World AIDS Day is held on 1 December every year and provides an opportunity for people across the globe to show solidarity with the millions of people living with HIV. This year’s campaign theme is ‘HIV Stigma: Not Retro, Just Wrong’ #HIVNotRetro and you can find out more about how to get involved at

Image credit: Support for International AIDS Memorial Day by Sham Hardy, CC BY SA 2.0

To mark World AIDS Day 2016 we are sharing an extract from Fighting the stigma of HIV and AIDS published on the OUP blog and co-authored by Landon Myer, a member of the IJE Editorial Board. The articles he references have been made freely available until 1 March 2017. Continue reading “Marking World AIDS Day 2016”

New evidence that maternal micronutrient status modifies the effect of neonatal vitamin A supplementation

headshotEmily Rose Smith

Although the World Health Organization (WHO) recommends vitamin A supplementation for infants and preschool children aged 6 to 59 months to reduce morbidity and mortality, the debate about whether or not to supplement newborns has been controversial.  (Note that an exchange in IJE 44:1 in 2015 also demonstrated some controversy about whether or not to continue supplementation for preschool-aged children). In an attempt to inform global policy, three large clinical trials were conducted in Tanzania, Ghana, and India. However, these trials found conflicting results. The trial conducted in India—consistent with previous trials in the region—found that supplementation reduced the risk of infant death, while the other two trials in Ghana and Tanzania found no effect of supplementation.

Inconsistency between the trials might indicate that some, but not all, children benefit from neonatal vitamin A supplementation (NVAS). Our study, published in the IJE, examines data from the Neovita trial in Tanzania, the largest NVAS study ever conducted in sub-Saharan Africa. We looked to see if there were any subgroups of infants in this trial who benefited from supplementation. Continue reading “New evidence that maternal micronutrient status modifies the effect of neonatal vitamin A supplementation”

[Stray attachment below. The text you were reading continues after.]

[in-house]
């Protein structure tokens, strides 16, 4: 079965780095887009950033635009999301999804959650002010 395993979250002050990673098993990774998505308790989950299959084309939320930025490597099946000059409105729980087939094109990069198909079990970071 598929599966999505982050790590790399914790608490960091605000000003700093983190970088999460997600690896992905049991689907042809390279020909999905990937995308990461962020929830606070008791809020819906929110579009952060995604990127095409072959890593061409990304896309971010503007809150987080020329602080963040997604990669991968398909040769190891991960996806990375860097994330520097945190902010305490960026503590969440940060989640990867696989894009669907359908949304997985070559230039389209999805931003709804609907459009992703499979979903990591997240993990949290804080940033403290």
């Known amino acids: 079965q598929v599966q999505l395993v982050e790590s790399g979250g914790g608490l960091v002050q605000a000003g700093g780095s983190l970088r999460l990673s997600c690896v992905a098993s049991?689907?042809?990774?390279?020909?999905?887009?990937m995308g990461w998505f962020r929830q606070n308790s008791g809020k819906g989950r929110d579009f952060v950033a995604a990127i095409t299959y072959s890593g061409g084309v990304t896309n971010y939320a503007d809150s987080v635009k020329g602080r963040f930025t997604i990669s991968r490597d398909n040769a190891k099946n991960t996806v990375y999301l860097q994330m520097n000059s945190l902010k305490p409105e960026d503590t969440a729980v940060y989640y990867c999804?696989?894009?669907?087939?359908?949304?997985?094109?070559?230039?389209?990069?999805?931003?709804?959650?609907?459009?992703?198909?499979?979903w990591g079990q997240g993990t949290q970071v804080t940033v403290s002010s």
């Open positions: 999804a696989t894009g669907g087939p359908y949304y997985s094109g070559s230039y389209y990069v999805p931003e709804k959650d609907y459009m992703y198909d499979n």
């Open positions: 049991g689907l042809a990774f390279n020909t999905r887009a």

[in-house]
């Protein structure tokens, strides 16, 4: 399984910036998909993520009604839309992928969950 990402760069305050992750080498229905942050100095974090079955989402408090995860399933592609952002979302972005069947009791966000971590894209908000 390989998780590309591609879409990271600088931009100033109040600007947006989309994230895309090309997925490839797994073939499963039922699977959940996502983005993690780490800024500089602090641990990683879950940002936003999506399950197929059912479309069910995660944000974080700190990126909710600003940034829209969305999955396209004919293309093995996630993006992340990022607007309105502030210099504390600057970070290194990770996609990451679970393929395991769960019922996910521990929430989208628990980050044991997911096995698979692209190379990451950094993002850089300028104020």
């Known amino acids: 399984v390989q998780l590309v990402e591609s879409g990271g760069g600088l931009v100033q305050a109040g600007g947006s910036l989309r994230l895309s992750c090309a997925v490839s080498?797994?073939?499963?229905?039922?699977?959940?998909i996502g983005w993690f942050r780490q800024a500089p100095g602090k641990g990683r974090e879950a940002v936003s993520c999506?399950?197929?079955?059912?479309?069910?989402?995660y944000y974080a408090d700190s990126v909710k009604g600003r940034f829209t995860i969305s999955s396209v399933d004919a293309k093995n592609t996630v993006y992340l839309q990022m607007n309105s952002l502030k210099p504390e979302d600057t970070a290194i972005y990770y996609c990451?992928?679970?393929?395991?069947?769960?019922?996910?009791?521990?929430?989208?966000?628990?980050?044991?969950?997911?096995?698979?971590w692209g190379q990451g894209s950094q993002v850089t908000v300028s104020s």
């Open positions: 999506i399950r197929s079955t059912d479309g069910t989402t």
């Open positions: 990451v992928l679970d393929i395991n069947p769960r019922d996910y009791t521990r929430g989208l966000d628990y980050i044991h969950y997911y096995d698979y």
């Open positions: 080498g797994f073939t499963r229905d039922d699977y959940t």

Last but not least – the 2016 IJE conference

photoLuisa Zuccolo

The IJE conference took place in Bristol on 7 October  2016, a one-day, one-off event.

Rodolfo Saracci, as ever bow-tied and in good spirits, did the honours throughout the day. It was under his IEA presidency that Shah Ebrahim and George Davey Smith were hired as IJE editors, and Rodolfo praised their editorial work by likening it to conducting research (“exciting, adventurous, challenging”), and acknowledging that brave decisions have exposed them to the future judgement of historians.

A historical perspective was also taken by Tom Koch, who recalled the very origins of the IJE, of epidemiology itself, and of the transition to modern epidemiology, and by Alex Mold, who told us about the historical relationship between the public and public health by drawing on three key epidemiological narratives (John Snow and the pump’s handle, Richard Doll and the British Doctors’ study, Jerry Morris and London’s bus drivers and conductors). Continue reading “Last but not least – the 2016 IJE conference”

You should totally watch this entire day of the IJE conference

ben-goldacreBen Goldacre

This post originally appeared on Ben Goldacre’s ‘Bad Science’ blog on 7 October 2016:

Today marks the end of an era. The International Journal of Epidemiology used to be a typical hotchpotch of isolated papers on worthy subjects. Occasionally, some were interesting, or related to your field. Under Shah Ebrahim and George Davey Smith it became like nothing else: an epidemiology journal you’d happily subscribe to with your own money, and read in the bath. Continue reading “You should totally watch this entire day of the IJE conference”

Metabolic Phenotyping in Epidemiology

ala-korpela_squareMika Ala-Korpela

Metabolic phenotyping, nowadays most often termed metabolomics, is becoming increasingly applied in molecular epidemiology. Recent technological developments resulting in increased numbers of quantitative molecular applications of metabolomics triggered the idea for a themed issue of the IJE on Metabolic Phenotyping in Epidemiology edited by George Davey Smith and myself.  Continue reading “Metabolic Phenotyping in Epidemiology”

Genome-wide association study gives rise to a new breed of disease network


Daniel HimmelsteinDaniel Himmelstein

A puzzling similarity
Researchers have long noted puzzling similarities between Hodgkin lymphoma and multiple sclerosis. Although the first is a cancer and the second is an autoimmune disease, risk for both diseases appears to increase due to the Epstein–Barr virus and a lack of sunlight. In fact having a family member with multiple sclerosis may place you at increased risk for Hodgkin lymphoma and vice versa. Now, a recent study, on which I am a co-author, has identified genetic similarities. Continue reading “Genome-wide association study gives rise to a new breed of disease network”